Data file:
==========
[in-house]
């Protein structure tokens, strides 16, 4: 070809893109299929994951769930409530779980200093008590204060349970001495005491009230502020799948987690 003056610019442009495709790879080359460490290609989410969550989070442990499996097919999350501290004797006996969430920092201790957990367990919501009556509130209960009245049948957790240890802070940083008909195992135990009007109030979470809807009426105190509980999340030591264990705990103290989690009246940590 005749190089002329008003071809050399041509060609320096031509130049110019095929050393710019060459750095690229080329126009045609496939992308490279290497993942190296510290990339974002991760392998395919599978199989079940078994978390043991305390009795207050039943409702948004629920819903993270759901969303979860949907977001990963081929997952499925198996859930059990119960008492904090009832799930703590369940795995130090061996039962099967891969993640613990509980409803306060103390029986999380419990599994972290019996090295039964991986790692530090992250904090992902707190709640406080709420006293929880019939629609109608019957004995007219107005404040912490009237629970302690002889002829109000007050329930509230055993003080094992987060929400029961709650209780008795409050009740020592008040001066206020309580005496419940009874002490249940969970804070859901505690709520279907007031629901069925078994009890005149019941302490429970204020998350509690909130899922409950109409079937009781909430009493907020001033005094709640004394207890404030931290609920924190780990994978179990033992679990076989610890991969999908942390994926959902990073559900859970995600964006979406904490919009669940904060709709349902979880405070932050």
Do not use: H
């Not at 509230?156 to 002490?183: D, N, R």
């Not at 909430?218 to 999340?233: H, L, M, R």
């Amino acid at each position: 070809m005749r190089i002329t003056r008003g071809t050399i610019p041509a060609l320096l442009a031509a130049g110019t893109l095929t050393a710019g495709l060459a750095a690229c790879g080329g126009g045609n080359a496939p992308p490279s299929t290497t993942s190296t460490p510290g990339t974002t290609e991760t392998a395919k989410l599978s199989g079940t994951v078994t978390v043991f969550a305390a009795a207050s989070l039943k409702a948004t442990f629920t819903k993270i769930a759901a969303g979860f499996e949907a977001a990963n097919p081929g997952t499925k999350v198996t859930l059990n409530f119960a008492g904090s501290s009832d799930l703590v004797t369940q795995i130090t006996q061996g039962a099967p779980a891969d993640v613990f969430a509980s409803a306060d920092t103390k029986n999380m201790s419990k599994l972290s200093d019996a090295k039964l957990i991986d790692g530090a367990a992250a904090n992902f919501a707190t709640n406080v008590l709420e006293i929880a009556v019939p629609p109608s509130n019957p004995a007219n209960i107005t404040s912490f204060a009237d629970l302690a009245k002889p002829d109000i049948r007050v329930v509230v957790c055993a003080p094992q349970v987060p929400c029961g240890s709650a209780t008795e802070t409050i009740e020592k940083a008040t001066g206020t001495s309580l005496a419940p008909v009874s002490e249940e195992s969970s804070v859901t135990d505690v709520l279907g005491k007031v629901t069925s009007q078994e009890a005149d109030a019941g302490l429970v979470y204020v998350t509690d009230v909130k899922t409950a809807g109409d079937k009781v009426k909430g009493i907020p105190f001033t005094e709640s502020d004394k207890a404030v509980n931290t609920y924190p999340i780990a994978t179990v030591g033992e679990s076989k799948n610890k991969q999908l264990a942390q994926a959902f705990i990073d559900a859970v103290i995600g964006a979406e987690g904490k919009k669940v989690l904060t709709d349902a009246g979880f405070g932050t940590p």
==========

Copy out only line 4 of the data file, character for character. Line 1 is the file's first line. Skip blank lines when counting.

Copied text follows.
């Not at 509230?156 to 002490?183: D, N, R």